Minister Flanagan briefs the Joint Committee on Foreign Affairs and Trade11/11/14
Minister Flanagan briefs the Joint Committee on Foreign Affairs and Trade on Ireland’s response to Ebola, the Middle East Peace Process and the situation in Ukraine
Minister for Foreign Affairs and Trade, Charlie Flanagan, today briefed the Joint Committee on Foreign Affairs and Trade on Ireland’s assistance to communities devastated by ebola; the Peace Process in the Middle East and the situation in Ukraine and Syria.
Ireland is to send three members of the Defence Forces to Sierra Leone to assist the staff of the Irish Embassy to continue to respond effectively to the ebola epidemic, Minister Flanagan said.
“Minister Coveney and I have agreed that a contingent of Irish Defence Forces personnel will be deployed to Sierra Leone to work with and support our Embassy staff in Freetown. This contingent of three personnel, all of whom have vast collective experience in West Africa, will be deployed to the Embassy under my Department’s Emergency Civilian Assistance Team, or E-CAT, initiative.
“By adding experience in areas such as emergency planning and response, logistics, security assessment and risk mitigation and paramedic training, those deployed will add a significant new dimension to Ireland’s contribution.
“The deployment, in conjunction with the work being carried out by our Embassy, other government agencies and Irish NGOs demonstrates clearly the long standing commitment of the Irish people to assisting the most vulnerable communities overseas. We are also working with the UK, the USA, the UN organisations and NGOs. This deployment will enhance the mission’s capacity to continue playing a key role.
On the situation in the Middle East, the Minister reiterated his support for a two-state solution and expressed concern at the recent rise in tensions in East Jerusalem:
“I have been vociferous in pressing for the EU to play a much stronger role in promoting and supporting the Peace Process. As was widely recognised at the Cairo Conference, the crisis in Gaza cannot be divorced from the wider political context and the continuing failure to make any real progress towards ending the Israeli-Palestinian conflict and achieving a negotiated two-State solution.
“The overall situation on the ground within the Occupied Territories has continued to sharply deteriorate in recent months since the outbreak of the Gaza conflict. Tensions have become dangerously heightened and there have been a series of violent incidents in recent days which have resulted in the deaths of innocent civilians and bystanders and which I obviously condemn.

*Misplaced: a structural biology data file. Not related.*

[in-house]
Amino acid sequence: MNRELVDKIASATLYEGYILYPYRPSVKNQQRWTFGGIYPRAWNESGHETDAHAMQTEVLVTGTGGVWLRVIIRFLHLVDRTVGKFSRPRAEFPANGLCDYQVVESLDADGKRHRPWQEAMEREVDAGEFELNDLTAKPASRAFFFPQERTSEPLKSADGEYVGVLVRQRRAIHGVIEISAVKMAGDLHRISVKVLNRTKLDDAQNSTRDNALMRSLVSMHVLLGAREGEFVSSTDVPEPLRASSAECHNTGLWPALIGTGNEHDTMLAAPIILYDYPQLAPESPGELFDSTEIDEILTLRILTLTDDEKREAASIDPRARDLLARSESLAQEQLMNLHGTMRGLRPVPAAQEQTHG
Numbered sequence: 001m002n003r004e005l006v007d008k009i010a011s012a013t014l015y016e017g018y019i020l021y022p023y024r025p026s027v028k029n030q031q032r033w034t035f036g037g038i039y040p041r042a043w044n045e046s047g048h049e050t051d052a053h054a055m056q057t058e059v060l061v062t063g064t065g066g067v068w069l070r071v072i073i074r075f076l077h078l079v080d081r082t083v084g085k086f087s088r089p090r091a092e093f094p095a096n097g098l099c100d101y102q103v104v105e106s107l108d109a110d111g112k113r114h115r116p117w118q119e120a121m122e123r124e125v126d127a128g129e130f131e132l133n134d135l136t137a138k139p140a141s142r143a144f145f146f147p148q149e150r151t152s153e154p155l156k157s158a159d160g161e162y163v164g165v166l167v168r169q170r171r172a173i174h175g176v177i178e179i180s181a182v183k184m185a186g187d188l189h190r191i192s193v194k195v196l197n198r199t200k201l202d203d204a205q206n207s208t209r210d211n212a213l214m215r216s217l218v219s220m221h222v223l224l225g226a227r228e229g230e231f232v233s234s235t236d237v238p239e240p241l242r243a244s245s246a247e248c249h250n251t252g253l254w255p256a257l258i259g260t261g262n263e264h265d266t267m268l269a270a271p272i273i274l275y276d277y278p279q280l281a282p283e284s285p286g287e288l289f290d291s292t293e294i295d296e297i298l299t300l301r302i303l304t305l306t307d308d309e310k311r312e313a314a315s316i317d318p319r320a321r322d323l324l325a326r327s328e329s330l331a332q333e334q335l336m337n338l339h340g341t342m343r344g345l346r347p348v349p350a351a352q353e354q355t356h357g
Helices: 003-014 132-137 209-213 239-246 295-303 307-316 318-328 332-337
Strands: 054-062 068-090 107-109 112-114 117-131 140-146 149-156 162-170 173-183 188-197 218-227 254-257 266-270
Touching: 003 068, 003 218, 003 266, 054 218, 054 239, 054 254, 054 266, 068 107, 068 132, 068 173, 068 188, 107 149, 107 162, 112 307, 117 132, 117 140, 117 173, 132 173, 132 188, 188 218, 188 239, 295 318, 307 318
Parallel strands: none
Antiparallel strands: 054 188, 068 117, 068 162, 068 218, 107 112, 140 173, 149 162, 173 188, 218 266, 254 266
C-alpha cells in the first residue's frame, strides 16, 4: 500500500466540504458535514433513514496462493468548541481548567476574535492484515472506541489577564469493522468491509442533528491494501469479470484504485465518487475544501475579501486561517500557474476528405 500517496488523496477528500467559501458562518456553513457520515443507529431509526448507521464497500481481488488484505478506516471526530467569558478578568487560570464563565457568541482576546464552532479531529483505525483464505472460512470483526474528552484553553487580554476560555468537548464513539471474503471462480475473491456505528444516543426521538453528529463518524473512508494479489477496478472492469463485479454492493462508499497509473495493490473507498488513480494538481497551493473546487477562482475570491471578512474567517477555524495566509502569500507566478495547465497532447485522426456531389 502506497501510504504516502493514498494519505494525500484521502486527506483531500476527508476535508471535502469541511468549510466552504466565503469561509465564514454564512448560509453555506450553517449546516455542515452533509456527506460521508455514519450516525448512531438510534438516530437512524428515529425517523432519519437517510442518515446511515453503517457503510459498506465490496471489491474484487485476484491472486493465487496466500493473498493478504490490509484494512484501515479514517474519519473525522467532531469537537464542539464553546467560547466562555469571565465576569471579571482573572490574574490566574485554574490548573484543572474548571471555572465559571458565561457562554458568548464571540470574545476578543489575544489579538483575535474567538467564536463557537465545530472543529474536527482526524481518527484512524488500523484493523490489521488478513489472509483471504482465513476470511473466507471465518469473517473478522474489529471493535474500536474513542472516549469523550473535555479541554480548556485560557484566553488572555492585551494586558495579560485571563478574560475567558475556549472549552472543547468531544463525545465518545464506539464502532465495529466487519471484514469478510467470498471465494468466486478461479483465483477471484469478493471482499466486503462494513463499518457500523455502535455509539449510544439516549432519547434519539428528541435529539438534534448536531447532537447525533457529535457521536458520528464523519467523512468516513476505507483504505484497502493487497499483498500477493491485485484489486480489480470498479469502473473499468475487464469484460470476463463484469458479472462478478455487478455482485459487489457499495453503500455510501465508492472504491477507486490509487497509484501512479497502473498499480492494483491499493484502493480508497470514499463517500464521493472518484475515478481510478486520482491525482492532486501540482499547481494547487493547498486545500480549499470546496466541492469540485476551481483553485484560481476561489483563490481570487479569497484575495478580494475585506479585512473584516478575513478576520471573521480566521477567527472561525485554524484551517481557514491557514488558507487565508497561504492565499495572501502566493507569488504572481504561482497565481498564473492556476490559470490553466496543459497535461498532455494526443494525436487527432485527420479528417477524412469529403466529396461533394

“Meanwhile, Israel has continued to announce further large-scale settlement expansions in highly sensitive areas such as East Jerusalem. These announcements, which are directly inimical to any prospects for pursuing peace or promoting a two-State solution, have drawn widespread international condemnation, including on my own behalf in statements which I issued on 1 September and 28 October.
“We believe very much that the Israeli-Palestinian conflict can ultimately only be resolved through negotiations and securing a comprehensive peace agreement which provides for a viable two-State solution. All our policies and actions at EU and international level are constructively designed to advance this goal and secure a comprehensive peace agreement at the earliest opportunity.”
“This month’s Foreign Affairs Council is likely to see some discussion of Sweden’s decision on 30 October to formally recognise Palestine as a state. We believe very much that the Israeli-Palestinian conflict can ultimately only be resolved through negotiations and securing a comprehensive peace agreement which provides for a viable two-State solution. All our policies and actions at EU and international level are constructively designed to advance this goal and secure a comprehensive peace agreement at the earliest opportunity. As circumstances change, our policies need to be reviewed and evaluated and this process is underway.”
Minister Flanagan also spoke about the conflict in Syria and urged the international community to fully support the new UN Special Envoy, Steffan di Mistura, in his efforts to build support for a transition to a new, agreed form of government within Syria.
He said: “Equally, within Iraq, the new unity government led by Prime Minister Al-Abadi must be strongly encouraged to continue efforts to promote reconciliation and more inclusive policies within the country. Accountability for all those, including the many members of minority communities, who have suffered grievously at the hands of extremists, be it ISIS or the Assad regime, also remains critical and is why we continue to strongly support referral of the situation in Syria to the ICC.
“Finally, we must never forget the humanitarian dimension of the crises in Syria and Iraq, with the onset of winter only compounding the problems confronting the millions of people internally displaced or refugees. This is a genuine regional crisis, impacting severely on both Syria’s and Iraq’s neighbours, and only reinforces the case for development of a comprehensive EU regional strategy to confront it.
On the Ukraine, Minister Flanagan said:
“A lasting ceasefire remains key to the success of current efforts to reach a sustainable political solution, which must be based on respect for Ukraine’s sovereignty and with clear guarantees on border security, disarmament of all illegal groups and the withdrawal of foreign forces.
“It is vital that all sides abide by the commitments they have signed up to under Minsk and that no effort is spared in working to implement the Protocol and bring about a negotiated end to this tragic conflict. I look forward to the early formation of a new government which can provide new impetus to the much needed programme of economic and political reforms.”
11 November 2014